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Narrative Writing And Plot Notes
 

Narrative Writing And Plot Notes

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    Narrative Writing And Plot Notes Narrative Writing And Plot Notes Presentation Transcript

    • Narrative Writing and the Elements of Plot
      Unit 1: Tell Your Story
    • I. What is a Narrative?
      Narrative: a piece of writing that tells of a related series of events (a story)
      Narratives are NOT only fiction.
      All narratives contain characters, conflict, and plot.
    • II. What are Characters?
      Characters: The people/actors in a story.
    • 1. Protagonist
      The “good guy” (the Main Character)
      The plot revolves around this character
      Faces conflict
    • 2. Antagonist
      The “bad guy”
      Causes problems for the protagonist
      Creates conflict
    • III. What is Conflict
      Conflict: The struggle between opposing characters or forces; Problems
    • 1. External Conflict
      Clash between a character and an outside force – with another person, object, or entity.
      Man vs. Man
      Man vs. Nature
      And many others…
    • 2. Internal Conflict
      A struggle within a character’s mind
      Man vs. Self
    • IV. What is Plot?
      Plot: The series of events that occurs in the story
      There are seven (7) elements of plot.
      Freytag’s Pyramid helps us remember the elements of plot and the order they usually go in.
    • Freytag’s Pyramid
    • V. Elements of Plot
      1. Exposition: introduces the setting, characters, and any necessary background
    • V. Elements of Plot
      2. Inciting Moment/Incident: An event occurs that initiates the main action and begins the conflict in the story.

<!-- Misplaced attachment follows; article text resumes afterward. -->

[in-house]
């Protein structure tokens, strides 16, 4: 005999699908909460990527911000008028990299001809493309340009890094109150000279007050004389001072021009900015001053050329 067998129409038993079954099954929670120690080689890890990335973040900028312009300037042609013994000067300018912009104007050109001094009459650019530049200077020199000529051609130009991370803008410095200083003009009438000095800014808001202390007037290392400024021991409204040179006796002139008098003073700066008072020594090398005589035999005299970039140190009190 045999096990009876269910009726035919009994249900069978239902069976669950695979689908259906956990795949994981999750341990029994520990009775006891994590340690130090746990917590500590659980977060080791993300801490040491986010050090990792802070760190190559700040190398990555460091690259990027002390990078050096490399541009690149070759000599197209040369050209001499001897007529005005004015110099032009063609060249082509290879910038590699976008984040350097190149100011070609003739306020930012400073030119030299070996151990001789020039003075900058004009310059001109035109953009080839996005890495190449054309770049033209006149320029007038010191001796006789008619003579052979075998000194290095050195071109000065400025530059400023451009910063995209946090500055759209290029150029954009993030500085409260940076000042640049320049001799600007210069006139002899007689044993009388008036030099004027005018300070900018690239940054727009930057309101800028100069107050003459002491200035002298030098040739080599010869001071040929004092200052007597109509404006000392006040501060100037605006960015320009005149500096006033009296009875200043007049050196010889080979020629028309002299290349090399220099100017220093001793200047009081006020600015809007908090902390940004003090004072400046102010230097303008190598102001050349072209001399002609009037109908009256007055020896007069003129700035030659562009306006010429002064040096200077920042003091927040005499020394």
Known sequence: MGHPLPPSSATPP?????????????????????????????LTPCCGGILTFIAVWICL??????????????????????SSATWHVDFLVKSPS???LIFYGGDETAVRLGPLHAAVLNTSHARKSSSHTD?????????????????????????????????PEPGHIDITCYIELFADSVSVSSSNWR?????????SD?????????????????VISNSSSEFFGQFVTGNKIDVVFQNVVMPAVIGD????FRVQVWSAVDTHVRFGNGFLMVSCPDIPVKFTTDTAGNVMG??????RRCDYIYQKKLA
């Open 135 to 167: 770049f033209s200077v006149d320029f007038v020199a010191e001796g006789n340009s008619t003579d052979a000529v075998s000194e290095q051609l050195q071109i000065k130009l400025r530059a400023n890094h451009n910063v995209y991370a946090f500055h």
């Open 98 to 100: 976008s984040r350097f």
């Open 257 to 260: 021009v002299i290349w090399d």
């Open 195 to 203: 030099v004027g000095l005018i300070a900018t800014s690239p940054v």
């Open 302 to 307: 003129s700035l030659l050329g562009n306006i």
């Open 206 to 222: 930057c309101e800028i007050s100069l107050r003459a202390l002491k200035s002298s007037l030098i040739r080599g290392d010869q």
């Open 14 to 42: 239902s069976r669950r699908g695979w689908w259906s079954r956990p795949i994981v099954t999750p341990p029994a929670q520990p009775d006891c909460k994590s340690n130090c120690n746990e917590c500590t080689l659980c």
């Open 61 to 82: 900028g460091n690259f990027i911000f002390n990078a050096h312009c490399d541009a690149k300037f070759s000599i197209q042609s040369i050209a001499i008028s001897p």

3. Rising Action: Presents complications that intensify the conflict; builds suspense as we wonder what the outcome will be.
      4. Climax: The turning point in the story and the moment of greatest suspense
    • V. Elements of Plot
      5. Falling Action: The events that occur as a result of the climax, but before the problem created in the inciting moment has been resolved.
      6. Resolution: The main problem created by the inciting moment/incident is solved.
    • V. Elements of Plot
      7. Denouement: The “where are they now.” The author ties up any loose ends and answers any remaining questions.
    • VI. Types of Plot
      1. Linear Plot: Goes in chronological order – the events are told in the order in which they happened (Goes in order of Freytag’s Pyramid without deviation)
    • VI. Types of Plot
      2. Non-Linear Plot: Events are NOT revealed in the order that they occurred, but in some other order that the writer chooses
      Flashback: a scene within the story that interrupts the sequence of events to reveal something that happened at an earlier time
      Foreshadowing: hints or clues early on that suggest things that will happen later in the story